So what do we do with this generation of paradox? I have an idea. At least part of the solution is to nurture leadership qualities in kids. Yep, all of them—the “super kids” and the “slacker” kids. I’m suggesting we help them see themselves as leaders. I made a discovery over the last thirty years. I found when I cast vision of being a leader to kids, when I furnish them with a leadership perspective, they begin to realize the potential God placed inside of them.

Consider this. There are two kinds of leaders in the world, and every one of our kids fit into one of these two kinds. They are either HABITUAL leaders or SITUATIONAL leaders. Habitual leaders are the ones who lead out of habit. They’re the kids who take over the kickball game at recess. Whatever group they are in, they tend to take charge. I believe they represent about 10-15 percent of the population. The rest of our children are situational leaders. These are the kids who assume they’re not really leaders at all. However, when you put them in the right situation—one that matches their gifts, passions and strengths—they know what to do. They seem to have intuition about that area. They are comfortable and confident. And they have influence. I believe we must help our children find their situation, the area where God has gifted them to influence. In fact, our role is to enable kids to discover their optimal …

  • Situation – The environment where they feel most at home and intuitive.
  • Strength – The environment where they can use their primary gifts.
  • Style – The environment where they can serve in a manner that fits them.
  • Subject – The environment where the issues matter to them.

Three kinds of kids

At Growing Leaders, we believe psychologists Spears and Braun were right when they suggested years ago that there are three kinds of kids. I have taken it a step further by saying that all three of these kinds of children can be leaders. They will simply have different styles. Let’s examine them:

  1. Drivers.  These are the strong-willed students. They’re often stubborn. They want to be in charge. They are natural leaders, but they must learn specific qualities that are not intuitive for them, like patience, people skills and planning. As an adult, you must be direct with a “driver” since they have strong ideas of their own.
  2. Diplomats.  These are the opposites of the drivers. Diplomats are harmonious, cooperative and value peacemaking. They’re relational and make marvelous leaders as everyone loves them. However, they must learn to stand for their convictions and gain their own vision. To lead them, simply seek cooperation.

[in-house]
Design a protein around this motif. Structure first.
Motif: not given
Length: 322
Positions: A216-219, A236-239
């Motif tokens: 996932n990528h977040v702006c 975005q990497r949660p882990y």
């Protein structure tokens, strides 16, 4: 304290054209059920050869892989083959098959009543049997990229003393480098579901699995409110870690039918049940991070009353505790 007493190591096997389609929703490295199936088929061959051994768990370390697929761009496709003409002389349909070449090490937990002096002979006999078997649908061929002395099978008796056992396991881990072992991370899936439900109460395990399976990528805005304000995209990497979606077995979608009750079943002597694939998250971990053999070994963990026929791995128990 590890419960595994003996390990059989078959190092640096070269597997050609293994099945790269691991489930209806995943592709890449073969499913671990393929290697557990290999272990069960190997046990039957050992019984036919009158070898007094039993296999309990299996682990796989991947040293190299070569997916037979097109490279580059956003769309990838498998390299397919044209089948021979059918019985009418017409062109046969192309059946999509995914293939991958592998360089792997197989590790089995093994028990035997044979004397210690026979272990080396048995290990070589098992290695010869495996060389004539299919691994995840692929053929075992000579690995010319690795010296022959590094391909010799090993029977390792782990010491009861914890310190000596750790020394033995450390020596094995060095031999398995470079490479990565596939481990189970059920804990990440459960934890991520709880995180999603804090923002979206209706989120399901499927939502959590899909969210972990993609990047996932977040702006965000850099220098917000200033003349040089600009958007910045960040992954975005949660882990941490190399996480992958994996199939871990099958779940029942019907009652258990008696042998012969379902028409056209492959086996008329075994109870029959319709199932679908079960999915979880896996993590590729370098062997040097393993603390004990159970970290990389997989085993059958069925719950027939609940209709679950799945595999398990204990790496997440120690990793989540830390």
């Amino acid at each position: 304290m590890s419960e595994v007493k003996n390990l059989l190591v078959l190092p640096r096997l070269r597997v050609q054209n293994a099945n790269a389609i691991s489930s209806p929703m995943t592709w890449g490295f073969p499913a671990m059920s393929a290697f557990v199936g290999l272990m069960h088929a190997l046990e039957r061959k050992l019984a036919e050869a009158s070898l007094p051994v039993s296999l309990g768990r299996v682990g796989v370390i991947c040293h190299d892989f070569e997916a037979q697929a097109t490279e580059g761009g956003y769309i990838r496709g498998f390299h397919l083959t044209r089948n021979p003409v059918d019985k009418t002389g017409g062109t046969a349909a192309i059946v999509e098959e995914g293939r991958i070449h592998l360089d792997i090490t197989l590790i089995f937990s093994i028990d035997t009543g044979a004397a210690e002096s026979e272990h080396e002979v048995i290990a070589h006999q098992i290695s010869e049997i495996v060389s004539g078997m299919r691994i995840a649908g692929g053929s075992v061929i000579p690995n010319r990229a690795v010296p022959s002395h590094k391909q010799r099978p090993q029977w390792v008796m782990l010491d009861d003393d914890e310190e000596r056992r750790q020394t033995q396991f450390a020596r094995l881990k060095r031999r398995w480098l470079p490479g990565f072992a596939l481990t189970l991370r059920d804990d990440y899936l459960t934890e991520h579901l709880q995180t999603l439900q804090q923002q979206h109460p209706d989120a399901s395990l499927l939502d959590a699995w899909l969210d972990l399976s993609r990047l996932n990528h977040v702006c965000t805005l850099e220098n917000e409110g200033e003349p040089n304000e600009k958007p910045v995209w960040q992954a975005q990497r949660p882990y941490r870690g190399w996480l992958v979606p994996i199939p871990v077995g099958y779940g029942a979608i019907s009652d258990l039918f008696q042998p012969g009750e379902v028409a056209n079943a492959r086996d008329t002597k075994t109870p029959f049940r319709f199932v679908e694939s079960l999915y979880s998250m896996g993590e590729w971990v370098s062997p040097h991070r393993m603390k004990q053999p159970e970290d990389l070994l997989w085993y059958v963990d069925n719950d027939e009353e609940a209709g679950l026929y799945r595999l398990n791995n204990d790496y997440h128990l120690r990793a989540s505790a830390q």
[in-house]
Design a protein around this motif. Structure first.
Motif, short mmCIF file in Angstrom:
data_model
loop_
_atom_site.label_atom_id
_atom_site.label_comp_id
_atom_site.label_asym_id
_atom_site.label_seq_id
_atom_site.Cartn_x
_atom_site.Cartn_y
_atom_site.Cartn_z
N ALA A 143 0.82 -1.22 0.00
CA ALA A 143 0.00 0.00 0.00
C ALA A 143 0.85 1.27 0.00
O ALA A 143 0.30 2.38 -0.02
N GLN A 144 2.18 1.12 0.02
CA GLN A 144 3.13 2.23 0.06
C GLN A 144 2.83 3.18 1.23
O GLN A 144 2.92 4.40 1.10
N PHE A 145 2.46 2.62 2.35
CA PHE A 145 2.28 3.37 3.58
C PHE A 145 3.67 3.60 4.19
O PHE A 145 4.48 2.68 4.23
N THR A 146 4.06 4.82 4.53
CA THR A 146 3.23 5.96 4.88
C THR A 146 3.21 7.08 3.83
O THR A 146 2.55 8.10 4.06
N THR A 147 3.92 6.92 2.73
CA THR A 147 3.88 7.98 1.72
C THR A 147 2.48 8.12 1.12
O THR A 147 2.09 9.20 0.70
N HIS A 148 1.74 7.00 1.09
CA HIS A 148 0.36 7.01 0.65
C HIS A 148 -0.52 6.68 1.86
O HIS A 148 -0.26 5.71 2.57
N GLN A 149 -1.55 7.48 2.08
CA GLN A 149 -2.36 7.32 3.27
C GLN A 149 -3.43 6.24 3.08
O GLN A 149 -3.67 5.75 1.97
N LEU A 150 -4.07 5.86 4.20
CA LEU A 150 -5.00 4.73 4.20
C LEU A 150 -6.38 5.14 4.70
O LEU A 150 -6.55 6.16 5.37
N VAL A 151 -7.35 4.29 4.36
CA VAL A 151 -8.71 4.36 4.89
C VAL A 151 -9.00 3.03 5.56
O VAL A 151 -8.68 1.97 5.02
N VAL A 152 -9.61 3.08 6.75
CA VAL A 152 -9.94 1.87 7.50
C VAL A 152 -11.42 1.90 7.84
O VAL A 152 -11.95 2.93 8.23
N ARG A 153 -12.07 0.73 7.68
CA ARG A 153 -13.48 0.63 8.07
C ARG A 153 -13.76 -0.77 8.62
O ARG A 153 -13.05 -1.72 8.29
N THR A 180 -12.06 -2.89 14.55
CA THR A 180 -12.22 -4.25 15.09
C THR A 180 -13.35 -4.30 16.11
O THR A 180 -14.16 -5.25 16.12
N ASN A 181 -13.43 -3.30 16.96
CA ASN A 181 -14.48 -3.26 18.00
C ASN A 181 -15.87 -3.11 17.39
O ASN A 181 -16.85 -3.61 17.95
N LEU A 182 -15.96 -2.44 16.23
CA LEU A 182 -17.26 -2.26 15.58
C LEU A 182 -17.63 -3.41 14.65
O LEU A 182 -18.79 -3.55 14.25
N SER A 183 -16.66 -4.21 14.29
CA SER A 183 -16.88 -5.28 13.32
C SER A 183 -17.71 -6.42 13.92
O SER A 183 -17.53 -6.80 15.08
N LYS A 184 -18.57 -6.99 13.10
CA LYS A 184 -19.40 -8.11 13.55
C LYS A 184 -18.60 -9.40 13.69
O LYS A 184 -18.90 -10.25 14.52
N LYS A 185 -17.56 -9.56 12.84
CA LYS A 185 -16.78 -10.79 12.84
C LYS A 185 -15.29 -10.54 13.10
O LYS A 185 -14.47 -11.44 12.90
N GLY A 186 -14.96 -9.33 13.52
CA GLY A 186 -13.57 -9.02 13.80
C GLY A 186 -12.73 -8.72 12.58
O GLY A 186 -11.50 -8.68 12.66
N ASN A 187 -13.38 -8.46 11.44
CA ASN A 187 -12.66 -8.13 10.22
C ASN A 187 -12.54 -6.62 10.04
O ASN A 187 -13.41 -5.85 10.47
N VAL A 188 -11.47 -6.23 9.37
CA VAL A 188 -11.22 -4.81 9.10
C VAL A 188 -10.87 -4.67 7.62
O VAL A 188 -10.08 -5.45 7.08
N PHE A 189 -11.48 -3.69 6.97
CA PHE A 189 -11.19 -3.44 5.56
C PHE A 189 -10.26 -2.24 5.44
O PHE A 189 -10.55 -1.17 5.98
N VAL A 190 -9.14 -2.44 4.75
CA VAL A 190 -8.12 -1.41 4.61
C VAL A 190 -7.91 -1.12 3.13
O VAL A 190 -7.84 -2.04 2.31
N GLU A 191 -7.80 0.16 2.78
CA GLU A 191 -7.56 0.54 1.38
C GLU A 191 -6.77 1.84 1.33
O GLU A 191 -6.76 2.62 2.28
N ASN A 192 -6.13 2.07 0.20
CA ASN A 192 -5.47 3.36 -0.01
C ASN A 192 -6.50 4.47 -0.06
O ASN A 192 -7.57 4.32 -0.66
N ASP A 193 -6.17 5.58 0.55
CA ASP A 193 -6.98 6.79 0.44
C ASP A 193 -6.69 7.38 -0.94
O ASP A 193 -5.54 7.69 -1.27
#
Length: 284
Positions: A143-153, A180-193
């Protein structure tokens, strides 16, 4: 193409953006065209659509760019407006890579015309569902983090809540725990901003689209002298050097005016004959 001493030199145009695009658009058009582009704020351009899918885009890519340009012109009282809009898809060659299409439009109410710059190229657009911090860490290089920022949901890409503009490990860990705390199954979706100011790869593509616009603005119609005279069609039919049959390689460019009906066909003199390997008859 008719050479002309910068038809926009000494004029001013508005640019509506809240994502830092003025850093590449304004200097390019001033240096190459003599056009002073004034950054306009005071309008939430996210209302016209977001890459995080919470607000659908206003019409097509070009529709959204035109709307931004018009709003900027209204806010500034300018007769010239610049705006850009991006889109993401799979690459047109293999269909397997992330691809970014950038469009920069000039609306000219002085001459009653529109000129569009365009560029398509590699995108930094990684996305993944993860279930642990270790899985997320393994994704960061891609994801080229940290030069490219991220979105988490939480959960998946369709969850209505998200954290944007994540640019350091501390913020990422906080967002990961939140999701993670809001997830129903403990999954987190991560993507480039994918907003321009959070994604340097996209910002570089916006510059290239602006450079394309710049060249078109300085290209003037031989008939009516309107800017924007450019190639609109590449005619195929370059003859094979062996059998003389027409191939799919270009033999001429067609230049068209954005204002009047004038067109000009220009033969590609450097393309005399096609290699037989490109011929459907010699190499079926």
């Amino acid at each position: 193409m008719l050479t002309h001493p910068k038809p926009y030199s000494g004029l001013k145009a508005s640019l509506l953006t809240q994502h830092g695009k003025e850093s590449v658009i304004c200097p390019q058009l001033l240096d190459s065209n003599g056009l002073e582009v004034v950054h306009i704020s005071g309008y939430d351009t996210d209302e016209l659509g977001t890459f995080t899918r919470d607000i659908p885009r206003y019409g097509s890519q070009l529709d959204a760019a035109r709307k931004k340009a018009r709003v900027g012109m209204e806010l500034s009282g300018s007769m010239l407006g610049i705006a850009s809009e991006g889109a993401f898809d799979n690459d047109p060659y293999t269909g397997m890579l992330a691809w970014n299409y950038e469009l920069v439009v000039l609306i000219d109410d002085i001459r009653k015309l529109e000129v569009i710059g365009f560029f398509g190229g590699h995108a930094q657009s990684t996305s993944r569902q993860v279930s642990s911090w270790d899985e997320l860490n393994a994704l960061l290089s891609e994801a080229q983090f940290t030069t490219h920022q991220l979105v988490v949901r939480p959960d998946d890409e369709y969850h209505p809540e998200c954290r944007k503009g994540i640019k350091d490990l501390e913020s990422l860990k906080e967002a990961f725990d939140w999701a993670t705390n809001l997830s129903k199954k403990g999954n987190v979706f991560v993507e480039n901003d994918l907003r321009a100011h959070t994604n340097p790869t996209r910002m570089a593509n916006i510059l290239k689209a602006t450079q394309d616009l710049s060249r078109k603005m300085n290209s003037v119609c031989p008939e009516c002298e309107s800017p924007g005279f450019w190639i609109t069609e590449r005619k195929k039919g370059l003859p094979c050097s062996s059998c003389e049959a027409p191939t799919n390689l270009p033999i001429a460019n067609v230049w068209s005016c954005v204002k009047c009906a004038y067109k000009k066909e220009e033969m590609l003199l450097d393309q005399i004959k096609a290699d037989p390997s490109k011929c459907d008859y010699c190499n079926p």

3. Dreamers.  These are the most misunderstood students. They are creative, reflective and imaginative, and often are quickly diagnosed as ADHD if they can’t sit still. They will lead as visionaries, but must harness their own energy and ideas. To lead them well, offer them as many options as possible.

Cultivate healthy Habitudes® inside of them

Let me suggest some Habitudes® you can use to nurture leadership in your kids. Habitudes® are images that form leadership habits and attitudes. We developed them for an EPIC generation—kids who are Experiential, Participatory, Image-rich, and Connected. Try practicing the following Habitudes® in your ministry:

1. Play chess not checkers. Checkers all look alike and move alike, so you treat the pieces all alike. In chess, however, the only way you can win is to know the strengths of each piece. Mediocre leaders play checkers with their people and get average results. Great leaders play chess and connect with others at the point of their uniqueness.

2. Build thermostats not thermometers. Both of these instruments have to do with the temperature. One merely reflects the climate; the other sets the climate. We must cultivate kids who don’t just mirror culture, but who set the spiritual tone for their peers.

3. Be a river not a flood. Floods are water going in every direction. Rivers flow in one direction. You must flow, not flood. You must become focused, not fuzzy. You can do anything in your ministry but you can’t do everything. Narrow and clarify your focus.

What should your focus be? Just two years ago, the Chief of Staff of the U.S. Army commented on the newest West Point graduates by saying: “This is the most inspired and inspiring group of graduates we’ve had since 1945.” I say it’s a great time to look seriously at our kids and build a new bunch of leaders.

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About the Author

Dr. Tim Elmore is the president of Growing Leaders, (www.GrowingLeaders.com) a non-profit organization based in Atlanta which partners with churches, schools and organizations to develop leadership qualities in kids. He is the author of the best-selling Habitudes—Images That Form Leadership Habits and Attitudes and Nurturing the Leader Within Your Child.